“The difference between what we are doing and what we are capable of doing would solve most of the world’s problems.” – Mahatma Gandhi
Like many Gandhi quotes, this one is very thought provoking. It does beg the question as to why we are not doing what we are capable of. One reason is lack of volition. Volition wasn’t a word in my vocabulary until recently, and it may be new to you too. Darren Hardy was talking about volition when he said, “Commitment is doing the thing you said you would do, long after the mood you said it in has left you”.
I my latest book on Learning Transfer I talk about how important both motivation and volition are as factors. If either is missing, learning transfer is unlikely. As a concept, volition used to be lumped in together with motivation, but it is more useful to separate these two ideas.
• Motivation is a state, an emotion, and is largely unconscious whereas volition refers to a conscious act of free will that is more like a trait
• Motivation drives the process of goal selection whereas volition concerns how we self-regulate in the pursuit of that goal
• Think of it as the difference between ‘I want’ and ‘I MUST’
• Motivation is more ephemeral than volition
Motivation is often triggered by external stimuli or the expectation of a reward, but such motivation is susceptible to change. More attractive opportunities may emerge, or obstacles may appear that make the reward seem too small. We also use temporal discounting so that a big reward in the future can seem smaller than a small, immediate reward, and we get seduced by the more immediate benefit, which may be the comfort of lapsing back into old habits.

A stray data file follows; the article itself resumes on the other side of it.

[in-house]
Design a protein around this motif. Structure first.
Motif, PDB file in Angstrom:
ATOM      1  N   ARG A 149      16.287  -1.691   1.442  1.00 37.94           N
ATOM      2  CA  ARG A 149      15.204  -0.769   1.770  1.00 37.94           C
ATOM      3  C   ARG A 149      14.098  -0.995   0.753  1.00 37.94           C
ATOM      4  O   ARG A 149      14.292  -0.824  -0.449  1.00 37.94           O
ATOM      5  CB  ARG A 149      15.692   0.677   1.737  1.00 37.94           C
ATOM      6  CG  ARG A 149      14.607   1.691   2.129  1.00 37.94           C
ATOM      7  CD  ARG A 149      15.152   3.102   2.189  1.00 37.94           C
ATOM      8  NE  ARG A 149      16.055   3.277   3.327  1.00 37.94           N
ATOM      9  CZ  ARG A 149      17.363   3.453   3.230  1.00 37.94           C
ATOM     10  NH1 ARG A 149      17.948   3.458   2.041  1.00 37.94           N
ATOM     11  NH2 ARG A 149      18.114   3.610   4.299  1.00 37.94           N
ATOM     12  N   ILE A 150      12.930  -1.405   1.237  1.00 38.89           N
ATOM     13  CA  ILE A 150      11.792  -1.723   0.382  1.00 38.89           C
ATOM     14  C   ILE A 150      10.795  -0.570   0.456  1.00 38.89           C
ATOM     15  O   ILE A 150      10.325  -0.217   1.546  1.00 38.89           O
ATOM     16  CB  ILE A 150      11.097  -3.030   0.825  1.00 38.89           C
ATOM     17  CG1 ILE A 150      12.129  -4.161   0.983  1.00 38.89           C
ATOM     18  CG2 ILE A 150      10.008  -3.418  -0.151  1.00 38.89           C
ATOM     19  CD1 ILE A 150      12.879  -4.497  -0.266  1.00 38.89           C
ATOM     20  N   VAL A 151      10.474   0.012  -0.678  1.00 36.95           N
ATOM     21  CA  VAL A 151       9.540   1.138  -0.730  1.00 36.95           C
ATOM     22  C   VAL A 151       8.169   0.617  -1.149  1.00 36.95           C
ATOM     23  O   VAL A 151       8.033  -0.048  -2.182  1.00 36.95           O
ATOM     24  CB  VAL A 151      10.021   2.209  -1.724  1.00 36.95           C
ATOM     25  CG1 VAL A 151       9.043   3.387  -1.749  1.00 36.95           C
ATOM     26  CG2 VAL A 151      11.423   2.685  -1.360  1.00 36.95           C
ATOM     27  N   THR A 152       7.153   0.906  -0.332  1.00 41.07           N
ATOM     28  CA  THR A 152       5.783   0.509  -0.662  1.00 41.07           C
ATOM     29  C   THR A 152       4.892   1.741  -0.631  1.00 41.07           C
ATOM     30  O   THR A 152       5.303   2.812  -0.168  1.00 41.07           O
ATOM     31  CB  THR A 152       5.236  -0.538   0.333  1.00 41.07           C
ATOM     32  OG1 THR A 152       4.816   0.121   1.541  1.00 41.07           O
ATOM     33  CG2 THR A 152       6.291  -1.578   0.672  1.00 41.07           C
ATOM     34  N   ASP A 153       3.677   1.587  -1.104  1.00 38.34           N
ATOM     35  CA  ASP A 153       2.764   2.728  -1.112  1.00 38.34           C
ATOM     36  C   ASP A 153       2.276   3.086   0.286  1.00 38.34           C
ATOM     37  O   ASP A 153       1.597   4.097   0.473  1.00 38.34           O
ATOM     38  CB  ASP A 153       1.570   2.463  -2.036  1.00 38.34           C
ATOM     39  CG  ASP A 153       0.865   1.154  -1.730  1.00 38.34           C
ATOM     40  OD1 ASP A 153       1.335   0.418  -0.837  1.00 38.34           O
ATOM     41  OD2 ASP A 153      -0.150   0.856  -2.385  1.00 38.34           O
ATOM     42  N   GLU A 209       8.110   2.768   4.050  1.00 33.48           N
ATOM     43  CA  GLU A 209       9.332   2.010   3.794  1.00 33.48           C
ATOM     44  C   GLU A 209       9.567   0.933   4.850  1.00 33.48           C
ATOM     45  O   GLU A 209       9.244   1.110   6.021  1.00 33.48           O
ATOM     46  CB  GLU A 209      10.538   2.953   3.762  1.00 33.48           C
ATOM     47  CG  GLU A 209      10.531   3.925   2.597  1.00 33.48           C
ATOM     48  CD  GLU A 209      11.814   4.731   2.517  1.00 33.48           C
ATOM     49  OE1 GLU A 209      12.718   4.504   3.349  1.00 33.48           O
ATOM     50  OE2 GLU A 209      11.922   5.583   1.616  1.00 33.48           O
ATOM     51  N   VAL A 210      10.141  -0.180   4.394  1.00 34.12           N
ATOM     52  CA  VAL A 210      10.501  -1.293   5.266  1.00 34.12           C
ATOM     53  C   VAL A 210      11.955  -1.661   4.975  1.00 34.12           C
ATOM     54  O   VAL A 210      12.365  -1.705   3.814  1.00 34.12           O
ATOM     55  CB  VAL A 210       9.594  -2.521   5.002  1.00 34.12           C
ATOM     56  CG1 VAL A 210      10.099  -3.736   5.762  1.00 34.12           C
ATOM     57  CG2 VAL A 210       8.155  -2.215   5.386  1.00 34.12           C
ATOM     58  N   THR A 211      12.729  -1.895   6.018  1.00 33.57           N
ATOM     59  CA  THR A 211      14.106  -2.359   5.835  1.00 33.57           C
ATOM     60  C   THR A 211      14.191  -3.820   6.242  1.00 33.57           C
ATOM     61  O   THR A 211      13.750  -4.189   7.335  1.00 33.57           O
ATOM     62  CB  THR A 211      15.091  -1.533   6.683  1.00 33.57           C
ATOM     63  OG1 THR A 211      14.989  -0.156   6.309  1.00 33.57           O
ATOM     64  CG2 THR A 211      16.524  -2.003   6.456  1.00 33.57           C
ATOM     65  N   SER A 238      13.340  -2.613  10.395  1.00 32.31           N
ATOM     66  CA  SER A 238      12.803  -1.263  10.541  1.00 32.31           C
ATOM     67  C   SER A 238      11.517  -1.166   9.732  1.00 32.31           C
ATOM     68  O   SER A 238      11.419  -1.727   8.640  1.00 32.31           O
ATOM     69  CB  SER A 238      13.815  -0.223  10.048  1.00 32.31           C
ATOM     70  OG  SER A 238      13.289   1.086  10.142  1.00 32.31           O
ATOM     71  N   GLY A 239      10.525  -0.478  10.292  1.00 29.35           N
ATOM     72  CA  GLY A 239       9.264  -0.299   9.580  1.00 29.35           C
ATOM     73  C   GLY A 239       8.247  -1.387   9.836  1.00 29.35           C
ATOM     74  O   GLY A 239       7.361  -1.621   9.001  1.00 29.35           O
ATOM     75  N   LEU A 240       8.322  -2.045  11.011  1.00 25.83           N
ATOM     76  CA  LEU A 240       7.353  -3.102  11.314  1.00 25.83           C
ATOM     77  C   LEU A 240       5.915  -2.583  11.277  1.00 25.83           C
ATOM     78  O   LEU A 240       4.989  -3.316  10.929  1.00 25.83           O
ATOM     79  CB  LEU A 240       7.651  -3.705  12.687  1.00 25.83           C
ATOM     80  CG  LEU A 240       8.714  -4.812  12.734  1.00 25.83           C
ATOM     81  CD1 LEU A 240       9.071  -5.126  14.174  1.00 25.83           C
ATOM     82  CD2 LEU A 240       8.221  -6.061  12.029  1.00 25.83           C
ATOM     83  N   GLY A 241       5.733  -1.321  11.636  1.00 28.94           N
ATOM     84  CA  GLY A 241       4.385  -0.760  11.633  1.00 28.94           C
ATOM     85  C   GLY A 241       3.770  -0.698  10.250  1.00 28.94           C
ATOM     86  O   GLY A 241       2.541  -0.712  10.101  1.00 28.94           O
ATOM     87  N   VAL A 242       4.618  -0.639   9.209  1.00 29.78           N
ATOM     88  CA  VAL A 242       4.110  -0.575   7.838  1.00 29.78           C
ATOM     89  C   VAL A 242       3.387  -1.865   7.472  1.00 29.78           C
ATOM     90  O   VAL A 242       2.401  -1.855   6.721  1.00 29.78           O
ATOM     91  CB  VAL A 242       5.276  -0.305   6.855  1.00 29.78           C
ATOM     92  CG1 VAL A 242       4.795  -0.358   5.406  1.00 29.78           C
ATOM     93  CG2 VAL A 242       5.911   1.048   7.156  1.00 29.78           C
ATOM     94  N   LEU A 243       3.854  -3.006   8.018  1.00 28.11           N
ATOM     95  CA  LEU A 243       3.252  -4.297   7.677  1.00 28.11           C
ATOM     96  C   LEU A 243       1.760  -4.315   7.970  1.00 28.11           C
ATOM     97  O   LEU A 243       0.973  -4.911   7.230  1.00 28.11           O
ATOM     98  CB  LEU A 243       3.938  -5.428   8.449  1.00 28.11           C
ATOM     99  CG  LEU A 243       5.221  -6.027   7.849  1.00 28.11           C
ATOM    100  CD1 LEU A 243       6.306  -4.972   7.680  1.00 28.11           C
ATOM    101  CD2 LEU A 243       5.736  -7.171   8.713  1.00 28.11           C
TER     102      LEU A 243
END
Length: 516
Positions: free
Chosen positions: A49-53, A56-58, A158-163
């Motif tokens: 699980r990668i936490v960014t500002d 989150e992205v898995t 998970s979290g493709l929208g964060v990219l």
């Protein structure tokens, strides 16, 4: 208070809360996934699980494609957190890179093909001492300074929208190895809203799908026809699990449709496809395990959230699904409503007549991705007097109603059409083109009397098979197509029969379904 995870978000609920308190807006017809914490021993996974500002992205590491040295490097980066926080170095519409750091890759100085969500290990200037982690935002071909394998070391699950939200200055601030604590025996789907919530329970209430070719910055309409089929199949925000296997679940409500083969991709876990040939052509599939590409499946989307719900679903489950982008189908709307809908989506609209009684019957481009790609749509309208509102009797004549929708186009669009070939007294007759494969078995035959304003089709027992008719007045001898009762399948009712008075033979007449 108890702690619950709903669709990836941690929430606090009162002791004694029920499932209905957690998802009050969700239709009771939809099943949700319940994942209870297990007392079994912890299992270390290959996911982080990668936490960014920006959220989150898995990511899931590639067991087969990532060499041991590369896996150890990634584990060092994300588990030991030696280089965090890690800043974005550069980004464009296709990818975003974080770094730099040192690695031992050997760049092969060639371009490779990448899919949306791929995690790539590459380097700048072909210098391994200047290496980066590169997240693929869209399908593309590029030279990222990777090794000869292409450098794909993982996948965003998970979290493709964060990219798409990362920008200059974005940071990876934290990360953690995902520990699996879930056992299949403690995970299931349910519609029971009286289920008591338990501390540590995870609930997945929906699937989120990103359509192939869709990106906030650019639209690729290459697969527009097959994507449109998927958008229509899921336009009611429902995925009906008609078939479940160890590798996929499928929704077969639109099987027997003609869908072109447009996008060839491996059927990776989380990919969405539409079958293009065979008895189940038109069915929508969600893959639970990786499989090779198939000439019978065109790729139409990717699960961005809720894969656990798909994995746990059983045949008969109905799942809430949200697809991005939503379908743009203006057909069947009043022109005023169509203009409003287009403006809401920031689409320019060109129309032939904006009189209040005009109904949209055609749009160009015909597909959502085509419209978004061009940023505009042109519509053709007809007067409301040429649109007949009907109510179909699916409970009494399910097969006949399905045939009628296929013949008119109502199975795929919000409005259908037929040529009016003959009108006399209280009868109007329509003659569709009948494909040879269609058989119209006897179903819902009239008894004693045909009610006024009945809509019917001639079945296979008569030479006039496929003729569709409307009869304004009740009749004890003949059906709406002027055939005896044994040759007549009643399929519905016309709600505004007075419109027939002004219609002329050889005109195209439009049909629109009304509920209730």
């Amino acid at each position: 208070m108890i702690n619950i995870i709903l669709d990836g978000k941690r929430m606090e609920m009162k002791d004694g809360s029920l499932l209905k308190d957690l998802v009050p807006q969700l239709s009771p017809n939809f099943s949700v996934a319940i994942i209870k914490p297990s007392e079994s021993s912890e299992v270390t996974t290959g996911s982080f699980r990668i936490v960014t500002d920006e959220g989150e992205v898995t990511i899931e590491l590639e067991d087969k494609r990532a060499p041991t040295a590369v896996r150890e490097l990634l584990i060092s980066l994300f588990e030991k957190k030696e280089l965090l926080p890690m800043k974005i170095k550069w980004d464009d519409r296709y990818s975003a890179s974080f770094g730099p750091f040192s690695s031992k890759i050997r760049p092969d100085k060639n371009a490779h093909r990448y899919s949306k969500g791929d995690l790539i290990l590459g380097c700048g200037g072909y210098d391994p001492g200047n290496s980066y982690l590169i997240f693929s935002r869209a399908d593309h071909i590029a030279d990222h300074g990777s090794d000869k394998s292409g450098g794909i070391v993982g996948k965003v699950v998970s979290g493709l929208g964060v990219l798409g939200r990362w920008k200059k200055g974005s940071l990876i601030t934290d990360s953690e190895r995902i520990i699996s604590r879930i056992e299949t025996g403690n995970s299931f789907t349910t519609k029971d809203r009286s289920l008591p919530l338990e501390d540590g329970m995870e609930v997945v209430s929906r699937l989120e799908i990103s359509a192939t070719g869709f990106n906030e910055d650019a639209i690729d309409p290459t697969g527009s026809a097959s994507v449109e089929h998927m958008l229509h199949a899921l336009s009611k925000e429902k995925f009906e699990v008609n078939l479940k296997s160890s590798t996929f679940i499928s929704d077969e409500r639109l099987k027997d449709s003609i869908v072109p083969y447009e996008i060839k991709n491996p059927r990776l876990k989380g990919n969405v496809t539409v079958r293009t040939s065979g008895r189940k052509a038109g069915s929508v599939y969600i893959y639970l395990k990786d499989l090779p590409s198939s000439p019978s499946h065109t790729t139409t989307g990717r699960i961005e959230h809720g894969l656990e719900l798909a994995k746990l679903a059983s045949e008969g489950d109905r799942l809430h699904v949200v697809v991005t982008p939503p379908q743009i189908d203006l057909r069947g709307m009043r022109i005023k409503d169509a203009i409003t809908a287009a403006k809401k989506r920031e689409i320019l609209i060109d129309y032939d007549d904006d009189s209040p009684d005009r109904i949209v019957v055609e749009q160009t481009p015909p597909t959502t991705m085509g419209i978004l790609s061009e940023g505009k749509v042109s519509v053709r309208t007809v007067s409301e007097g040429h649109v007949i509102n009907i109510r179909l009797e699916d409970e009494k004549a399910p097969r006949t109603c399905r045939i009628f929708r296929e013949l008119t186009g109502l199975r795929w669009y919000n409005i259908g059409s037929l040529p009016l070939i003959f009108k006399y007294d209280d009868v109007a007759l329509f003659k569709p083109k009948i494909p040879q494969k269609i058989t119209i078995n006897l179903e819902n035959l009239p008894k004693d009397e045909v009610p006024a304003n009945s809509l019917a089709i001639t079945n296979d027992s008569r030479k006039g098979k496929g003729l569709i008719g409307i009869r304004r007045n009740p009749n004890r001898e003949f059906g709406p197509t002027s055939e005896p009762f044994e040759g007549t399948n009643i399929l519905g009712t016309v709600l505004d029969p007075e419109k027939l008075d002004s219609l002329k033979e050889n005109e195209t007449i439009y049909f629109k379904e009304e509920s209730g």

Volition, however, implies deep personal attachment to an intention, which leads to a determination to achieve it. Learning transfer needs both motivation and volition from all the stakeholders, not just the learner. How can you bake intention protection into your learning programme?
Once, when I was in a class at the gym the instructor urged us to use slightly heavier weights than we would normally use. He said, “There is no change without challenge”. This philosophy doesn’t extend to all areas of life, but it does apply well beyond the gym and is a factor in learning transfer.
The problem is that challenge usually brings with it some form of discomfort, and we naturally shy away from discomfort. The discomfort of the pain of exercising at your limits; the discomfort of feeling hungry on a diet; the discomfort of withdrawal from something we have grown used to but want to stop; the discomfort of a difficult conversation with a team member the discomfort of saying you don’t know in front of peers; or the discomfort of trying and failing.
All too often we give up on our goal when the discomfort kicks in. When the going gets tough, getting tough to handle it requires volition.